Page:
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Safe in each other’s hearts

Sisters’ Summit 2017: Barbara Paredes Sumner, Patricia Paredes Magee, Paulynn Paredes Sicam, and Lory Paredes Tangonan with handmade souvenir dolls made by Paulynn’s daugher Monica Sicam Gutierrez

In a world close to chaos, many are in search of safe places from the danger of violence, anger, anarchy, death. One could be strolling down London Bridge or gazing at Notre Dame in Paris, or rolling the dice at the casino in Resorts World, and be the unwitting victim of a crazed killer. Sitting in a movie theater in LA, I thought of that gunman in the US who, some years back, mowed a movie audience with a high powered rifle. I can no longer sit at an airport gate confident that I am safe from a violent attack.

We are never really sure we are safe. Aside from the madness of the growing gun and terrorist culture, we are constantly warned of the possibility of earthquakes that could disrupt our lives in a major way. In quake-prone California for two weeks, with brief stopovers in Tokyo, another quake zone, and now back in Manila where I could be one of the 35,000 fatalities of a major quake that is due at any time, I have had to re-think my idea of what a safe place is.

I found it in San Diego in the company of my three sisters, a daughter, and a niece at our hastily planned but perfectly executed Sisters’ Summit late last month. For three days and four nights, the six of us found a safe refuge, where neither war nor politics, illness or any bad news, Trump or Duterte, could disrupt our bonding.

We talked, reminisced, analyzed, gossiped, tore apart family myths and built new ones. There was much to go back to, precious memories of our parents and other elders, and of us 10 kids and our numerous cousins growing up in close proximity.  Just when we thought we had exhausted the family stories, our oldest sister would share anecdotes only she could remember, giving us new insights into our past and who we are at present.

We spoke freely, letting our guards down, discarding filters, calling a spade a spade, and no one got offended. The two “young ones,” ages 46 and 50, listened to us in a mixture of amusement and awe. It was liberating just being ourselves, unloading our personal baggage, confessing our weaknesses, and laughing at our emotional scars and imperfections, knowing that as we dissected each other’s lives, there would be no judgement, but only compassion, acceptance, and a lot of laughter and tears.

As we chatted, we would spontaneously break into songs from the sound track of our youth. A visiting nephew remarked that being in the family was like living in a musical.  We went through the repertoire, often in harmony, including Christmas carols we grew up with.

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Mostly, we talked, laughed and giggled and ate, from breakfast to way after dinner, when half the group went back to the Air BnB they rented for the occasion. We also took walks and went to Sunday Mass. Togetherness has never been so sweet.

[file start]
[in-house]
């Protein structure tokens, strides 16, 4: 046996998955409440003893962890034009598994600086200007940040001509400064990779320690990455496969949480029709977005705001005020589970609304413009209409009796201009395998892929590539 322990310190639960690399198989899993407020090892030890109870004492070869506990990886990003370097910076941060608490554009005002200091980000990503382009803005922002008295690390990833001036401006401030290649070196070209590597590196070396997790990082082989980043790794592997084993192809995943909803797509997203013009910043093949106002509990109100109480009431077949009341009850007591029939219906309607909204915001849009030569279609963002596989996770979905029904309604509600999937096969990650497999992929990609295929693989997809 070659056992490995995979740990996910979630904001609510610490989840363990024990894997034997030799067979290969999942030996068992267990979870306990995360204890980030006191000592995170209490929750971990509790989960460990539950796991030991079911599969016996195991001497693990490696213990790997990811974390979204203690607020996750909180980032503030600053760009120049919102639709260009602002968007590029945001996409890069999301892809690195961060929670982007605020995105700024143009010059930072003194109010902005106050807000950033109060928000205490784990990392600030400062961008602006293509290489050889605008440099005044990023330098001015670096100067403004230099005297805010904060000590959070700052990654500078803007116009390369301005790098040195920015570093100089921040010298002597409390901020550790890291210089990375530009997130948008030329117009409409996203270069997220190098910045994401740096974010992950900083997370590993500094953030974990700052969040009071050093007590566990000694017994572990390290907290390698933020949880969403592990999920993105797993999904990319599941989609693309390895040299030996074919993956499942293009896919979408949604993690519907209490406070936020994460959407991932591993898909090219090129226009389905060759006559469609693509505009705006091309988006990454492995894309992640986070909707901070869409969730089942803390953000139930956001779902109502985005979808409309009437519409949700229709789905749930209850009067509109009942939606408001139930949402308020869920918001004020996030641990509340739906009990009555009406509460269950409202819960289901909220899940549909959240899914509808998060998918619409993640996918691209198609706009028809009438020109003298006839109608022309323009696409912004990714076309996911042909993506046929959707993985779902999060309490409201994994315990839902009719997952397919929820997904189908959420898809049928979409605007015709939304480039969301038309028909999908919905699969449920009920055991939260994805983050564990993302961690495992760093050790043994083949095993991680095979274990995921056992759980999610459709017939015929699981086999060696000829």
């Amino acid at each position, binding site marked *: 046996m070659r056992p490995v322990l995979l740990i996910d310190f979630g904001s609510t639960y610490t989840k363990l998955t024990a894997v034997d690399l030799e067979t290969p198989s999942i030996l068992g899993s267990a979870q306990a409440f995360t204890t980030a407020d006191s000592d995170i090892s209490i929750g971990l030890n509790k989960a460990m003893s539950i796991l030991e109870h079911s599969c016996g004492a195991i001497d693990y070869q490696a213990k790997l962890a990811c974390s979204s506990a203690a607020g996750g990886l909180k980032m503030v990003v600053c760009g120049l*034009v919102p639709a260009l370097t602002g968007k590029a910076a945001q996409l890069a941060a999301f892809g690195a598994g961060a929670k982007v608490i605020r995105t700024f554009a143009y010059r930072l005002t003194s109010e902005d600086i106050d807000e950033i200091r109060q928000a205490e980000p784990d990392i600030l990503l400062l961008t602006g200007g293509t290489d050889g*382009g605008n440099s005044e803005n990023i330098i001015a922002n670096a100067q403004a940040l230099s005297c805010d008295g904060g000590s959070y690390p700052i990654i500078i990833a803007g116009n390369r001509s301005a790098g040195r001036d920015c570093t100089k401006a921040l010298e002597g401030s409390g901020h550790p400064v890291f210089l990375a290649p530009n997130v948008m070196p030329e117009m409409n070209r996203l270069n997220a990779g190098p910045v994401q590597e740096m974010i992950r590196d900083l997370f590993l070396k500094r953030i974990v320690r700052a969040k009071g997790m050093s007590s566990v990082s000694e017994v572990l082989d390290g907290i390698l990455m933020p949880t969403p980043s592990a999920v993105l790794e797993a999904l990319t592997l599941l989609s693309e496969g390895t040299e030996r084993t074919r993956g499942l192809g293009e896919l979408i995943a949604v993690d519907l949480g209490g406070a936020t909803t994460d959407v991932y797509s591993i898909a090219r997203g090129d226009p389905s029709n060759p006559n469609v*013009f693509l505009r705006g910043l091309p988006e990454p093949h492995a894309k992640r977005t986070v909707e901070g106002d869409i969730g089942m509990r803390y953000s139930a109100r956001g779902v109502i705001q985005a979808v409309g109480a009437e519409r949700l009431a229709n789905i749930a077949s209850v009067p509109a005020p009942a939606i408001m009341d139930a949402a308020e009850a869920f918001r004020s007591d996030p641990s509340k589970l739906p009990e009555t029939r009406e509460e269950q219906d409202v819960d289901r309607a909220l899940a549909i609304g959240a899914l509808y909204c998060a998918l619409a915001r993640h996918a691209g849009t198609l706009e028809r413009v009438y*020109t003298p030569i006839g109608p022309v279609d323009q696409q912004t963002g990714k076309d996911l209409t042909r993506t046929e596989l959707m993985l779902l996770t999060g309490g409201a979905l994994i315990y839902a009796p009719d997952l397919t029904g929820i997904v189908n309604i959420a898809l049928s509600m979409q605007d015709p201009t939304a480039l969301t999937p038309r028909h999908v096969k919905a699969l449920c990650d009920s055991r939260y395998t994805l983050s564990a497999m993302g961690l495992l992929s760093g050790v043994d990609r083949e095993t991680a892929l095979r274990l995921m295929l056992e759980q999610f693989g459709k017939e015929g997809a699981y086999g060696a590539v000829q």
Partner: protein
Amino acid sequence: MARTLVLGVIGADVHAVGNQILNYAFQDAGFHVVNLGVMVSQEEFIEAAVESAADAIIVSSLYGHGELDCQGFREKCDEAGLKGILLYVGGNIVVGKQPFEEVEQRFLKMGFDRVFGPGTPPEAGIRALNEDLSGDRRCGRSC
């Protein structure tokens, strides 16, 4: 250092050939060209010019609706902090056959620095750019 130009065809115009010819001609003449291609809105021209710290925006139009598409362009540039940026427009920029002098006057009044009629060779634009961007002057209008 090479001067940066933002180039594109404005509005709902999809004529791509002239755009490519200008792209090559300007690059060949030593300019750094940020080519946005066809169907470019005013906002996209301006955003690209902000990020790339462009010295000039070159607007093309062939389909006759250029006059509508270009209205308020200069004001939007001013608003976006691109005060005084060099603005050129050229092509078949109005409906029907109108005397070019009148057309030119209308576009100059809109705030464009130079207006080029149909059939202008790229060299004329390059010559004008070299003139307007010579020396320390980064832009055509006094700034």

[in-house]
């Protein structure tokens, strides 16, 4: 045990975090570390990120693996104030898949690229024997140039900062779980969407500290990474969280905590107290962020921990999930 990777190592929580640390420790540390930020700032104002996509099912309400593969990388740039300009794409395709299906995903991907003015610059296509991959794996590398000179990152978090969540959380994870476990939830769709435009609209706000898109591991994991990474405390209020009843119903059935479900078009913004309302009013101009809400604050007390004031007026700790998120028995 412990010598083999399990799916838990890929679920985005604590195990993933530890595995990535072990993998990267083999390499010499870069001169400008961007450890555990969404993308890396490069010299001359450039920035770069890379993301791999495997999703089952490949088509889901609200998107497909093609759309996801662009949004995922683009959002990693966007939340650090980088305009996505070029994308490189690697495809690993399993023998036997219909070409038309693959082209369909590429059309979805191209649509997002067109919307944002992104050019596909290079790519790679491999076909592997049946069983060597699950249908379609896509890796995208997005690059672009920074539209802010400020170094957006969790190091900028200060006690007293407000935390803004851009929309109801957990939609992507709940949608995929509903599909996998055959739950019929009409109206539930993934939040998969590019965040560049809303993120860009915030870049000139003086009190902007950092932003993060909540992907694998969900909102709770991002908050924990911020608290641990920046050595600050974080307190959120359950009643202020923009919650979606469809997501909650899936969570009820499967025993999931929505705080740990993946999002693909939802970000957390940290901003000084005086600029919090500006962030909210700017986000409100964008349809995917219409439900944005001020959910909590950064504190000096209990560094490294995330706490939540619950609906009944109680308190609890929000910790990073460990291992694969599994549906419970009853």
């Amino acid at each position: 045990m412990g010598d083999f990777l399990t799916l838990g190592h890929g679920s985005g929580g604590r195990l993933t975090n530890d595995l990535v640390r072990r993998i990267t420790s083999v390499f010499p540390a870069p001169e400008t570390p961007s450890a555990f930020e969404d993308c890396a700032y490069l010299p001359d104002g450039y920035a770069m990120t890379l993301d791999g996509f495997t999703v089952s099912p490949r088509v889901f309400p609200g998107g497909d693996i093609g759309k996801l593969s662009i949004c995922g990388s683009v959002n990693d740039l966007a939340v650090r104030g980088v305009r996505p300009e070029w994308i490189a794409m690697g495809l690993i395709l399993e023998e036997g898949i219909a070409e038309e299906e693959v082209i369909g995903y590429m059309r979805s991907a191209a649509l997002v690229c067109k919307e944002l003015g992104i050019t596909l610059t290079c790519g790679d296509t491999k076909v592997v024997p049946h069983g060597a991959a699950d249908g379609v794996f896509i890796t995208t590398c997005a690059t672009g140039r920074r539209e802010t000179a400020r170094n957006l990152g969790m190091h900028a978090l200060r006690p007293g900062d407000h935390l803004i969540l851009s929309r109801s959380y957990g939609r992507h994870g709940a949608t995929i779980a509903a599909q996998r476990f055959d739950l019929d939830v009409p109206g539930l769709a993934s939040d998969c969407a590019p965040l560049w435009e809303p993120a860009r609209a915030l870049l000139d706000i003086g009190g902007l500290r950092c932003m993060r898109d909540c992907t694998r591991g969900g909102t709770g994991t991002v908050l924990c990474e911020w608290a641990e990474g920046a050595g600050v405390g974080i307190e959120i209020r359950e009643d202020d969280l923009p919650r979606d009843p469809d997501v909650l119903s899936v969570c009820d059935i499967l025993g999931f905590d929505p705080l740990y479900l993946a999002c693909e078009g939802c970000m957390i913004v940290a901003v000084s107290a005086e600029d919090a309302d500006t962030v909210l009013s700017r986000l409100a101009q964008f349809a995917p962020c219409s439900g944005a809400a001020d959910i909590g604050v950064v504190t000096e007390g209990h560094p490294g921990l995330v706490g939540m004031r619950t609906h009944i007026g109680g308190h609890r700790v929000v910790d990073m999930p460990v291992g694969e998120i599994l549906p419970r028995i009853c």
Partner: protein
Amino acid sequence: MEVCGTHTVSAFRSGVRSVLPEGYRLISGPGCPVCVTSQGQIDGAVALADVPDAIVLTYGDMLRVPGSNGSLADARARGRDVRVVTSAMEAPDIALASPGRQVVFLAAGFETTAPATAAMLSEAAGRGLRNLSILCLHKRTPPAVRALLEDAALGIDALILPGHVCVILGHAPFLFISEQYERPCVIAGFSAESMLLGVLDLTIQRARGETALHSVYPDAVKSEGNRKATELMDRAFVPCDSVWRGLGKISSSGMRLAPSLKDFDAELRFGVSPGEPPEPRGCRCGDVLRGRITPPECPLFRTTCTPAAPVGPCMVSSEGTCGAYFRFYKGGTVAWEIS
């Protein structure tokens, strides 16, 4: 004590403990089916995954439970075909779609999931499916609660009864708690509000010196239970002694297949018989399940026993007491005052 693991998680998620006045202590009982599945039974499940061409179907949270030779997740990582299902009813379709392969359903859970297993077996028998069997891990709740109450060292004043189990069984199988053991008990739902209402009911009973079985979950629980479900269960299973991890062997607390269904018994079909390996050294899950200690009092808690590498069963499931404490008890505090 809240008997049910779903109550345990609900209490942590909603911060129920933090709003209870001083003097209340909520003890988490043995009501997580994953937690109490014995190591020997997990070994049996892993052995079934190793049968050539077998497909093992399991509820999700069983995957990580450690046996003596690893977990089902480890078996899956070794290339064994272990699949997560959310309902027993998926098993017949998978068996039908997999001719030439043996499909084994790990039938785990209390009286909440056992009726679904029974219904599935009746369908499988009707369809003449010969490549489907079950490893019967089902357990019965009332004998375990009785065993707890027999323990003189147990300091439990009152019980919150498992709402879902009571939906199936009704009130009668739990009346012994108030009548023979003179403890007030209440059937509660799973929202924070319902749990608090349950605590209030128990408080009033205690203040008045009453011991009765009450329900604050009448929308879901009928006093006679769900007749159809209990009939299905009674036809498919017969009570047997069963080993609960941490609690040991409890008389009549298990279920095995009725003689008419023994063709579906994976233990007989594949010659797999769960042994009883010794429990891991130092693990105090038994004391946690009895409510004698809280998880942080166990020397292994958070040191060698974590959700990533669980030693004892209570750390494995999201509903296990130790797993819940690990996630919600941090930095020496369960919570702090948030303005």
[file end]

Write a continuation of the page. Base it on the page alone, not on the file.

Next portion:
We wondered if many other families would drop everything to get together like we do. Originally, I was going to visit our sister in San Diego who has not been well. When my daughter in Sydney learned about it, she decided to join me. An older sister in Oregon said she, too, was coming, which made our youngest, who was remodeling her house in Manila, decide she could not miss the gathering. 

As the line in the movie Field of Dreams goes, “If you build it, they will come.” And that is how our Sisters’ Summit of 2017 came to be.

Our first summit was in 1985 in Stanford University where the journalism fellowship I was in was ending and my three sisters flew to San Francisco from Indiana, Oxnard, and San Diego for a reunion.  There we recreated our group picture taken in 1957 where we stood shoulder to shoulder, arms around each other, from Babsy, the oldest, who was then 16, to Lory, the youngest, who was 6.  In between were Tictac, then 14, and me, 10. We have done this again, renewing our sisterhood in Manila, Oxnard, and San Diego every chance we get in the past 32 years.  One day, I will make an album of these photographs showing us growing in age and grace.

Our reunions have always been good but not always as wonderful as this last one. Our adult lives have seen us going different directions through different phases. And we have not always been in agreement. But we have always had each other’s — our children’s — backs. We have 12 children among the four of us, who take to each other like true siblings. 

Now in our 60s and 70s, we realize there won’t be many Sisters’ Summits ahead.  Our sister who is ill, worries that one day, she may not be able to recognize us.  But I am confident that when all else fails, we will always recognize the love we have for each other.  We are in safest place possible in a world wracked with hatred, violence, illness, and natural disasters.  We are safe in each other’s hearts.

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